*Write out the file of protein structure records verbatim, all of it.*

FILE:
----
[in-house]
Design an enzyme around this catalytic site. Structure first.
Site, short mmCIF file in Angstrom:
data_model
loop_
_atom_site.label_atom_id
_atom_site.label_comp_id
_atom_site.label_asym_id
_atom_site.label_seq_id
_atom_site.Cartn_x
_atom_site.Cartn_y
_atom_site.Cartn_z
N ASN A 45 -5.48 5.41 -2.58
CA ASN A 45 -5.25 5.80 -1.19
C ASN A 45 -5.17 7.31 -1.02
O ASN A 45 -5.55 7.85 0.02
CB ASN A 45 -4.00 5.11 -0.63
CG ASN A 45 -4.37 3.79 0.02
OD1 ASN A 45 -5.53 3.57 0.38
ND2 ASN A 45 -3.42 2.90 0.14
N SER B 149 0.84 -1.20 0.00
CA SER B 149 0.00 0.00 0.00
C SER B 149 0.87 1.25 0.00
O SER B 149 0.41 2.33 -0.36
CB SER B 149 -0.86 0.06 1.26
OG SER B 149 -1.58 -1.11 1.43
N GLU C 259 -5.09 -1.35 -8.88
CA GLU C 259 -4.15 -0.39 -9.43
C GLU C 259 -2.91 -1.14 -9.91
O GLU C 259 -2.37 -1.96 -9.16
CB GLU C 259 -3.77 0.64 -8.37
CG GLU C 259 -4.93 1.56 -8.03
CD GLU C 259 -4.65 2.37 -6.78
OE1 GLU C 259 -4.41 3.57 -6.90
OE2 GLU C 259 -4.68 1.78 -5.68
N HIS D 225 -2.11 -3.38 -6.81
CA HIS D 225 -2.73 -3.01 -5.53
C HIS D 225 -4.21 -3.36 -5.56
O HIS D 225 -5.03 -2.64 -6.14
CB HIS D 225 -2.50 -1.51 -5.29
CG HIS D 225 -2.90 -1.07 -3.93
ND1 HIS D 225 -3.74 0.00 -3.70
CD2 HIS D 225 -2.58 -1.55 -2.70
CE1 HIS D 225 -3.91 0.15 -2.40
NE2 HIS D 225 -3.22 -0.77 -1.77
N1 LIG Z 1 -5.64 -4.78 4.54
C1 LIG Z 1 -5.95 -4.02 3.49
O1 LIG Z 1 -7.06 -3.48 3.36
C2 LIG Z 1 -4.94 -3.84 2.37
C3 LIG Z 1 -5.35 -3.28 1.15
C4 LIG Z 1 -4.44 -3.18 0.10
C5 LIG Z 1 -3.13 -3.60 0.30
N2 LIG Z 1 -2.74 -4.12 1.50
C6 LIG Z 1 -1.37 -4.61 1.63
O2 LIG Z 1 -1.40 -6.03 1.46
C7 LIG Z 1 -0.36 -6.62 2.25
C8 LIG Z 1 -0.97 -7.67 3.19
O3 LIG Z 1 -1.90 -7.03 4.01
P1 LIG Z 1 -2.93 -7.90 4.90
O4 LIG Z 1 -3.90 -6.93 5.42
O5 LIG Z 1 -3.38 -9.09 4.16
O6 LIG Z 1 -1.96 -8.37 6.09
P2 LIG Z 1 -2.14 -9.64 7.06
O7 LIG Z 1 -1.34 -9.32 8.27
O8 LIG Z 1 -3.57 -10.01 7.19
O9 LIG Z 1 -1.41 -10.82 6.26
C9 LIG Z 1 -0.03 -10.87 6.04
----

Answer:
[in-house]
Design an enzyme around this catalytic site. Structure first.
Site, short mmCIF file in Angstrom:
data_model
loop_
_atom_site.label_atom_id
_atom_site.label_comp_id
_atom_site.label_asym_id
_atom_site.label_seq_id
_atom_site.Cartn_x
_atom_site.Cartn_y
_atom_site.Cartn_z
N ASN A 45 -5.48 5.41 -2.58
CA ASN A 45 -5.25 5.80 -1.19
C ASN A 45 -5.17 7.31 -1.02
O ASN A 45 -5.55 7.85 0.02
CB ASN A 45 -4.00 5.11 -0.63
CG ASN A 45 -4.37 3.79 0.02
OD1 ASN A 45 -5.53 3.57 0.38
ND2 ASN A 45 -3.42 2.90 0.14
N SER B 149 0.84 -1.20 0.00
CA SER B 149 0.00 0.00 0.00
C SER B 149 0.87 1.25 0.00
O SER B 149 0.41 2.33 -0.36
CB SER B 149 -0.86 0.06 1.26
OG SER B 149 -1.58 -1.11 1.43
N GLU C 259 -5.09 -1.35 -8.88
CA GLU C 259 -4.15 -0.39 -9.43
C GLU C 259 -2.91 -1.14 -9.91
O GLU C 259 -2.37 -1.96 -9.16
CB GLU C 259 -3.77 0.64 -8.37
CG GLU C 259 -4.93 1.56 -8.03
CD GLU C 259 -4.65 2.37 -6.78
OE1 GLU C 259 -4.41 3.57 -6.90
OE2 GLU C 259 -4.68 1.78 -5.68
N HIS D 225 -2.11 -3.38 -6.81
CA HIS D 225 -2.73 -3.01 -5.53
C HIS D 225 -4.21 -3.36 -5.56
O HIS D 225 -5.03 -2.64 -6.14
CB HIS D 225 -2.50 -1.51 -5.29
CG HIS D 225 -2.90 -1.07 -3.93
ND1 HIS D 225 -3.74 0.00 -3.70
CD2 HIS D 225 -2.58 -1.55 -2.70
CE1 HIS D 225 -3.91 0.15 -2.40
NE2 HIS D 225 -3.22 -0.77 -1.77
N1 LIG Z 1 -5.64 -4.78 4.54
C1 LIG Z 1 -5.95 -4.02 3.49
O1 LIG Z 1 -7.06 -3.48 3.36
C2 LIG Z 1 -4.94 -3.84 2.37
C3 LIG Z 1 -5.35 -3.28 1.15
C4 LIG Z 1 -4.44 -3.18 0.10
C5 LIG Z 1 -3.13 -3.60 0.30
N2 LIG Z 1 -2.74 -4.12 1.50
C6 LIG Z 1 -1.37 -4.61 1.63
O2 LIG Z 1 -1.40 -6.03 1.46
C7 LIG Z 1 -0.36 -6.62 2.25
C8 LIG Z 1 -0.97 -7.67 3.19
O3 LIG Z 1 -1.90 -7.03 4.01
P1 LIG Z 1 -2.93 -7.90 4.90
O4 LIG Z 1 -3.90 -6.93 5.42
O5 LIG Z 1 -3.38 -9.09 4.16
O6 LIG Z 1 -1.96 -8.37 6.09
P2 LIG Z 1 -2.14 -9.64 7.06
O7 LIG Z 1 -1.34 -9.32 8.27
O8 LIG Z 1 -3.57 -10.01 7.19
O9 LIG Z 1 -1.41 -10.82 6.26
C9 LIG Z 1 -0.03 -10.87 6.04